federal government – in a consistent,
    detailed and timely manner the number of              •   Fixing an historical anomaly, the Canada
    health care worker infections in their area.              Health Act should be amended to include
                                                              long-term care, making it available to Ca-
•   Governments and public health agencies                    nadians on a universal basis. Government
    be open and transparent on levels of                      programs aimed at assisting Canadians
    PPE stockpiles.                                           with long-term care needs vary by juris-
                                                              diction and typically are income-based.
•   With regards to efficiently and cost-                       This is not consistent with the principle
    effectively maintaining stockpiles of                      of universality at the heart of Canada’s
    PPE, governments may want to consider                     publicly funded health care.
    Taiwan’s three-tier stockpiling framework.
    It has proven its ability during COVID-19             •   Convene a national commission to develop
    to optimize the PPE stockpiling efficiency,                 short-, medium- and long-term strategies
    including through regular cycles of                       for the structure of the long-term care

sector in light of the shortcomings revealed             emergency isolation facilities be created,
    by COVID19.                                              resourced and staffed. This would permit
                                                             COVID-19 cases to be transferred out of
•   Develop and implement a long-term care                   long-term care facilities that are unable to
    labour force strategy to address the                     isolate them.
    multiple labour force problems revealed
    by COVID-19, including the problems of               •   Ensure that any surge in COVID-19
    inadequate compensation, staff shortages,                 hospitalizations does not result in shifting
    overreliance on part-time staffing, and                    patients to already overburdened,
    training failures.                                       under-resourced, and understaffed long-
                                                             term care facilities, who may be unable to
•   Improve wages, benefits (including paid sick              isolate new admissions.
    leave) and conditions of employment for
    health care workers in the long-term care            •   Reflecting a best practice developed in the
    sector to levels that commensurate with the              U.S., consider establishing, where space
    social importance of their work, the com-                and resources permit, a cohort unit for
    plexity of their duties and the daily hazards            exposed and new admissions as an effec-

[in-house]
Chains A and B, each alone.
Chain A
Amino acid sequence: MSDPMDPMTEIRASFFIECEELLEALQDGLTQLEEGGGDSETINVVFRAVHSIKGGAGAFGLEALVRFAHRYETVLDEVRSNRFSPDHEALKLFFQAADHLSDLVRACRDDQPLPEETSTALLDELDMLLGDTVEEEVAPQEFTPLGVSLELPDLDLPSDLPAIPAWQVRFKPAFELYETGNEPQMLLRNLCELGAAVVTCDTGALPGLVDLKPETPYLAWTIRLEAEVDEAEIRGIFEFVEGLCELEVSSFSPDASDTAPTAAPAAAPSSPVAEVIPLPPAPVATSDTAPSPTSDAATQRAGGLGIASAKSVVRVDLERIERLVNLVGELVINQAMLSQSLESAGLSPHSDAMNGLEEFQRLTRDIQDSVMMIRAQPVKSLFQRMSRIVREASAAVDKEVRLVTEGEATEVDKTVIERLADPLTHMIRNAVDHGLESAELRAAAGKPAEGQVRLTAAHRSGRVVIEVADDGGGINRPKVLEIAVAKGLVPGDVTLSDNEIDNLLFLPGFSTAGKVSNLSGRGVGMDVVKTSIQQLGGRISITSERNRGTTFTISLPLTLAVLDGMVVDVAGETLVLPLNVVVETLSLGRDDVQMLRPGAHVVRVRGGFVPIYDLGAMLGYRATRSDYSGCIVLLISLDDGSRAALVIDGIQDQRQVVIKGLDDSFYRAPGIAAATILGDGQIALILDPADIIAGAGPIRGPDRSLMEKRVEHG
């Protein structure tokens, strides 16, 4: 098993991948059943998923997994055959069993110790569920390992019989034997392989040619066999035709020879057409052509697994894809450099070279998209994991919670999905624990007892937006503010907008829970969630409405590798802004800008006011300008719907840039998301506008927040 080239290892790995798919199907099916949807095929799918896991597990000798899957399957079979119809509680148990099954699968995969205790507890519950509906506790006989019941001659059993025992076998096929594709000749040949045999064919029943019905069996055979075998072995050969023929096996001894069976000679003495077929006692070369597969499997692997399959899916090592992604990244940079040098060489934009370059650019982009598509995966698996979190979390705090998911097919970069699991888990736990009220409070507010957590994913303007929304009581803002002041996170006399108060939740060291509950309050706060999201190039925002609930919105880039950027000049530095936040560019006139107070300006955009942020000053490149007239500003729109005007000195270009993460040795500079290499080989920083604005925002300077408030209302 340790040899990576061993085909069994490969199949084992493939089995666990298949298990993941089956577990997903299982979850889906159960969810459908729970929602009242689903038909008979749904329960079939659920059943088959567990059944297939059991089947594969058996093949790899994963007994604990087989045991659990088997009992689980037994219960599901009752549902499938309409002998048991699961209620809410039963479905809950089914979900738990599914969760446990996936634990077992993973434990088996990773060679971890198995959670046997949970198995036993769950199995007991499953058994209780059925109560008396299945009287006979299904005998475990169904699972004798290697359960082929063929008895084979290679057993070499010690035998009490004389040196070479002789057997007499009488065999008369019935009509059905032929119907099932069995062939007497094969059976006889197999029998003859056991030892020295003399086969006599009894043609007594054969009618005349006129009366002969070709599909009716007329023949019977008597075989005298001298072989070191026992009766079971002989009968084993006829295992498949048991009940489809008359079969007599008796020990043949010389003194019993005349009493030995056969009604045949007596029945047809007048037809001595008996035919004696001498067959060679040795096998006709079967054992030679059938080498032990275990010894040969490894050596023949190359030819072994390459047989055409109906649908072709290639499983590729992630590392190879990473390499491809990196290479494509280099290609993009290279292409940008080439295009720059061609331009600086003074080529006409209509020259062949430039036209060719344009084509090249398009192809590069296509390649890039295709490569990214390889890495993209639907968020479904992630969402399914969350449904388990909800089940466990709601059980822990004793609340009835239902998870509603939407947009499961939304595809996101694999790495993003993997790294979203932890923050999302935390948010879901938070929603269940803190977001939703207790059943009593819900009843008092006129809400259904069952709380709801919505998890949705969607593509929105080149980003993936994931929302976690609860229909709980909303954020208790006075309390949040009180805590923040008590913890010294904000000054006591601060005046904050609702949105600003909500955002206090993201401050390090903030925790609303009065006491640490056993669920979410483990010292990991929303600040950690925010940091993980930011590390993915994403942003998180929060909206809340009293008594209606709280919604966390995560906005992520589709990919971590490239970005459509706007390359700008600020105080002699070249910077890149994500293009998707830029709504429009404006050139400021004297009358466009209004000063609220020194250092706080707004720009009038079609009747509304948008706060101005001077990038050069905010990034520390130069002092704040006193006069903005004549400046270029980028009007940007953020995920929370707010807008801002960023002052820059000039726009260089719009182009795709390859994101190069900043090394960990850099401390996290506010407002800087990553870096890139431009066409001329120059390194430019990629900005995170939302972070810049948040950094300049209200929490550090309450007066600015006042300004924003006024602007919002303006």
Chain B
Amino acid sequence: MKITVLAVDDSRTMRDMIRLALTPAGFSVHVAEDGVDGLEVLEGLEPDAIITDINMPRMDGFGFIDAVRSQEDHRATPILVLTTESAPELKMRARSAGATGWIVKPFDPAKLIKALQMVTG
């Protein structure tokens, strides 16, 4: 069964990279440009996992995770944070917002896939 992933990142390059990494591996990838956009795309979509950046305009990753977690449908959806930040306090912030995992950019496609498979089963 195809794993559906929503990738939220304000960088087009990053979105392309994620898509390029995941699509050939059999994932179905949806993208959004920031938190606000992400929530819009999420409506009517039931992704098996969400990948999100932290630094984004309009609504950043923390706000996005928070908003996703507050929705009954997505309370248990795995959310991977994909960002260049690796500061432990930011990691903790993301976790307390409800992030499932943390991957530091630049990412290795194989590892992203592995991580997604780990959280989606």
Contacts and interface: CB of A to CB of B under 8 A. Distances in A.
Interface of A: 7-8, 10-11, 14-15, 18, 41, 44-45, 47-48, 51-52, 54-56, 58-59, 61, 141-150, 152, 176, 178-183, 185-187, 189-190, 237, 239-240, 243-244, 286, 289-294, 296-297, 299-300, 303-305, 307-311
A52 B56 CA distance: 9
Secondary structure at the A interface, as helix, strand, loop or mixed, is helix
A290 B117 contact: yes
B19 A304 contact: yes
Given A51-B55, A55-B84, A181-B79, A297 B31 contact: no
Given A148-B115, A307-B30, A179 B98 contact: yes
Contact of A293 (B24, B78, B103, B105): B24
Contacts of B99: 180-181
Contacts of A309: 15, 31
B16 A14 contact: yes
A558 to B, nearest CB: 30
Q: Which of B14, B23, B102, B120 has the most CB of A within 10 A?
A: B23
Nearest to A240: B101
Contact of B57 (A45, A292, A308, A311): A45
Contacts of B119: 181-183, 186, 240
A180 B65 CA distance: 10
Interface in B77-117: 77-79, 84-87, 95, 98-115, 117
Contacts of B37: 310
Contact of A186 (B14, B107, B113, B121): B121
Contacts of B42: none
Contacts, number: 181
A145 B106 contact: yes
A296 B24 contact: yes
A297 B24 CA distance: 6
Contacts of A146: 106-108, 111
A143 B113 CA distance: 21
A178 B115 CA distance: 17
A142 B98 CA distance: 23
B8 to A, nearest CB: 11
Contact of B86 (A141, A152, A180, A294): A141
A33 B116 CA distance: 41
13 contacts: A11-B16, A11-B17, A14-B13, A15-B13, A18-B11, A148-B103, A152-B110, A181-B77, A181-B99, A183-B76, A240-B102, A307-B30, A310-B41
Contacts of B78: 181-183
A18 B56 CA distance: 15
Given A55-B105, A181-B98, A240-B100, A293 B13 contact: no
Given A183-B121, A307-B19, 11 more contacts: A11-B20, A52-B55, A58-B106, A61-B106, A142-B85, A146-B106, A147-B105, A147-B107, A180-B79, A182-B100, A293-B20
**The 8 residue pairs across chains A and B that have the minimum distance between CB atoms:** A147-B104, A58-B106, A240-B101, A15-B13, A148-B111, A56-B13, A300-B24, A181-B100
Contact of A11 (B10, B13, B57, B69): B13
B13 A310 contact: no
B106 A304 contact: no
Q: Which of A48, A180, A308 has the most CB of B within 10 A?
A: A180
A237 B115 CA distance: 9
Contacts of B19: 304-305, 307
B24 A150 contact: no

they face, even in non-pandemic times.                   tive way to separate and screen higher risk
                                                             individuals for the 14-day incubation period.
•   Offer all part-time workers in this long-term             Keeping these patients on isolation and
    care sector full-time employment (with                   with dedicated staff would make contact
    full-time wages and benefits) and limit their             tracing for exposure identification easier.
    work to one single facility.
                                                         •   Ensure that all long-term care facilities are
•   Examine best practices of jurisdictions like             staffed by a dedicated infection control
    South Korea, Hong Kong and Singapore                     professional with occupational health and
    that have a strong track record of limiting              safety training. Require that professional
    COVID-19 in their long-term sectors. In                  to provide quarterly, publicly accessible
    South Korea, for example, anyone with sus-               assessments of the state of infection
    pected COVID-19 is immediately isolated                  control and occupational health and safety
    and moved out to a separate emergency                    at their facility.
    quarantine centre or hospital. In Hong
    Kong, all long-term care facilities have, as         •   Ensure that relevant workplace regulators
    a minimum, a three-month supply of N95                   conduct in-person, proactive inspections
    respirators and other PPE. Also in Hong                  of all long-term facilities to ensure compli-
    Kong, all long-term care facilities conduct              ance with occupational health and safety
    emergency exercises every year to coin-                  laws, regulations and best practices.
    cide with the advent of flu season to ensure
    infection control measures and resources             •   On an urgent basis, ensure that all health
    are in an acceptable operational state.                  care workers in the long-term sector are
                                                             properly trained and fit-tested on the
•   Because systemic infrastructure short-                   use of N95 respirators and other